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Effective treatments for cannabis use hampered by “benign” image – conference told

Posted on 8 June 2016

Some cannabis users have developed an “inverted expertise” on the drug – often equipped with more up-to-date knowledge than the people trying to help them, a conference held at the University of York was told.

A group of national experts gathered at the University’s King’s Manor to exchange ideas on effective treatment for cannabis users.

There has been a dramatic increase in the number of people seeking treatment for problems related to cannabis use over the last decade. Research has revealed there was a 64% increase in the number of people seeking treatment between 2005 through to 2015 in England. Cannabis has also now overtaken heroin as the drug most likely to prompt calls for help.

The increase in requests for treatment is in contrast with the steady decline in the population's use of cannabis, delegates were told.

Researchers at the University of York - including Ian Hamilton, Lecturer in Mental Health and Charlie Lloyd, Senior Lecturer in Health Sciences - and the University of Leeds are investigating why so many cannabis users are seeking treatment and how services are responding.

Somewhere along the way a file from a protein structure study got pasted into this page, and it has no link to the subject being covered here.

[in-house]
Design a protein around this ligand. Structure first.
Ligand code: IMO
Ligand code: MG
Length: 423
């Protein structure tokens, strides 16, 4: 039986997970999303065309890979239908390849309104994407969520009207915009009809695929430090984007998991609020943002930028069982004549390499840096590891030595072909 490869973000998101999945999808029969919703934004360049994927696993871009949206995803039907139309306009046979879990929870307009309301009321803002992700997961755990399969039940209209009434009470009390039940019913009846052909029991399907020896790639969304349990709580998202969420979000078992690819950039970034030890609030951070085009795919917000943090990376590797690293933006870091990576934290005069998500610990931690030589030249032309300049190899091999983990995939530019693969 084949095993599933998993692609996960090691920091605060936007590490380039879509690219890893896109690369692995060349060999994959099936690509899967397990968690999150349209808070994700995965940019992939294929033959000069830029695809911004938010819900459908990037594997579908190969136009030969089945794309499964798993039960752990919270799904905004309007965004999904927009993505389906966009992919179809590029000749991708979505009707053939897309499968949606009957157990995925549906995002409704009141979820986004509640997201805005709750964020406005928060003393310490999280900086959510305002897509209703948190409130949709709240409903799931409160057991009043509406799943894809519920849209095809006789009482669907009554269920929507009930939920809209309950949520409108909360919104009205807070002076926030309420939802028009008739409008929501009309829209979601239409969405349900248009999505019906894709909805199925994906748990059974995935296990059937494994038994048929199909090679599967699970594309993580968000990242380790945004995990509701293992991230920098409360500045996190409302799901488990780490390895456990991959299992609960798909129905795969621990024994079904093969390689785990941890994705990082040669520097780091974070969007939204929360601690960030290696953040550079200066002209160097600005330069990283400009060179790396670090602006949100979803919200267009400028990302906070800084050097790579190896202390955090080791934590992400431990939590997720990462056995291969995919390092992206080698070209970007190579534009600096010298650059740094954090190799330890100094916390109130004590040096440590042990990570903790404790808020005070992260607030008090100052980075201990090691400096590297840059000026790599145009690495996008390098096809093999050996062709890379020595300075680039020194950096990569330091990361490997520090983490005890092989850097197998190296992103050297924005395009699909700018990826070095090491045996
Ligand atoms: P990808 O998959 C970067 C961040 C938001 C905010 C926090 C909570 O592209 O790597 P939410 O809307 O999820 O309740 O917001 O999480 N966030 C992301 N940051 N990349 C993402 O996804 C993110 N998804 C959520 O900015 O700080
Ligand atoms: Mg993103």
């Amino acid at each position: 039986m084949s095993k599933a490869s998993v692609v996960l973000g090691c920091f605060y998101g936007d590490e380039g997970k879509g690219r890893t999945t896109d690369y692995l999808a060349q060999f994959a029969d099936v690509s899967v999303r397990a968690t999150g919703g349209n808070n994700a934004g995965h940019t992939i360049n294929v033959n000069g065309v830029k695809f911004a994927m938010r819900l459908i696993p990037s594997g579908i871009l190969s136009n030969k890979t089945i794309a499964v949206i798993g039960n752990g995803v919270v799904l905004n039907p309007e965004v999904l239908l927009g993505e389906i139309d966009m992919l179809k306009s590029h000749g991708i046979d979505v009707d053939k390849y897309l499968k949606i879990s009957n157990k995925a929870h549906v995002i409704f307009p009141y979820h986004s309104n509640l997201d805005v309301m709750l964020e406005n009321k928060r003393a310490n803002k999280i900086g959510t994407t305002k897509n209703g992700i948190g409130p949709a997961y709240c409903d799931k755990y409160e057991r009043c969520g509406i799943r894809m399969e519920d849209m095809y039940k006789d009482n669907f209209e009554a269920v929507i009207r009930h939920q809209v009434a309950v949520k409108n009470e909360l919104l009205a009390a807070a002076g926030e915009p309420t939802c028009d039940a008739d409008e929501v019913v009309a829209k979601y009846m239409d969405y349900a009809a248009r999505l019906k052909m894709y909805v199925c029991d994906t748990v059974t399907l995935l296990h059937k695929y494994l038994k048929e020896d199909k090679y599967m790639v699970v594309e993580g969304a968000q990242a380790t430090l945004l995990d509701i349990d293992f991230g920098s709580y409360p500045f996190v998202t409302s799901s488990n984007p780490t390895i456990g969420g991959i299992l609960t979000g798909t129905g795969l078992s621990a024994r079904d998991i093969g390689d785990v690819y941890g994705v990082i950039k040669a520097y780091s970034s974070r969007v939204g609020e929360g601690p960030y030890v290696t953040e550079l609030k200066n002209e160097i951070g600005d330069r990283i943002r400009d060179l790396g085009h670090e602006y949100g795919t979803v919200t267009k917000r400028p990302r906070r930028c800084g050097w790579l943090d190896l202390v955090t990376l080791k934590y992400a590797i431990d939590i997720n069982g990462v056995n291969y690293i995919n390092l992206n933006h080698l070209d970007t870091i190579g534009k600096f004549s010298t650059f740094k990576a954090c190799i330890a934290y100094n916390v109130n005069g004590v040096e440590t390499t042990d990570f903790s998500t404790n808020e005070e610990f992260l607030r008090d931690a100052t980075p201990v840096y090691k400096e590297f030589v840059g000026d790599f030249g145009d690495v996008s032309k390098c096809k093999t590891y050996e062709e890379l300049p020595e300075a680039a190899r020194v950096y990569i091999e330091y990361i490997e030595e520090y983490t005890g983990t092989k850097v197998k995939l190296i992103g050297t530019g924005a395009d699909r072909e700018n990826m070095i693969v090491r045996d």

Initial findings suggest that individuals seek help with problems which are not usually associated with cannabis, such as irritability and poor impulse control.

Also, that treatment services are not sufficiently prepared to offer effective interventions, as cannabis is still seen as a benign drug.

Dr Mark Monaghan, a lecturer in Criminology and Social Policy at Loughborough University, told the delegates: “There is this ‘inverted expertise’ around cannabis in which the users have all the up-to-date knowledge of the local markets and the service providers are lagging behind.

“This can have a significant knock-on effect for the kind of services they are providing. Cannabis users are quite knowledgeable in what is going on in terms of the market.

“The providers are slightly lagging behind in terms of their knowledge base. Because they are lagging behind they don’t have intelligence on what the consumers are using; it creates this situation where they don’t really know what to do.”

He added: “We need to know what people are using and we need to offer them evidence-based treatments.

“Treatment across the sector is really variable. We do need more research on the changing nature of the cannabis market. We need to explore the reason why more people are presenting to treatment centres.”

Ian Hamilton, Department of Health Sciences' Lecturer in Mental Health, who organised the event, said: "This is the first research that has looked at both the demand for cannabis treatment and the reasons why there's been a significant rise in it. The outcome of the conference today was agreement amongst commissioners, providers and researchers that there is a problem we need to explore, around why people are presenting to treatment services, and how we can offer effective interventions once they are in treatment."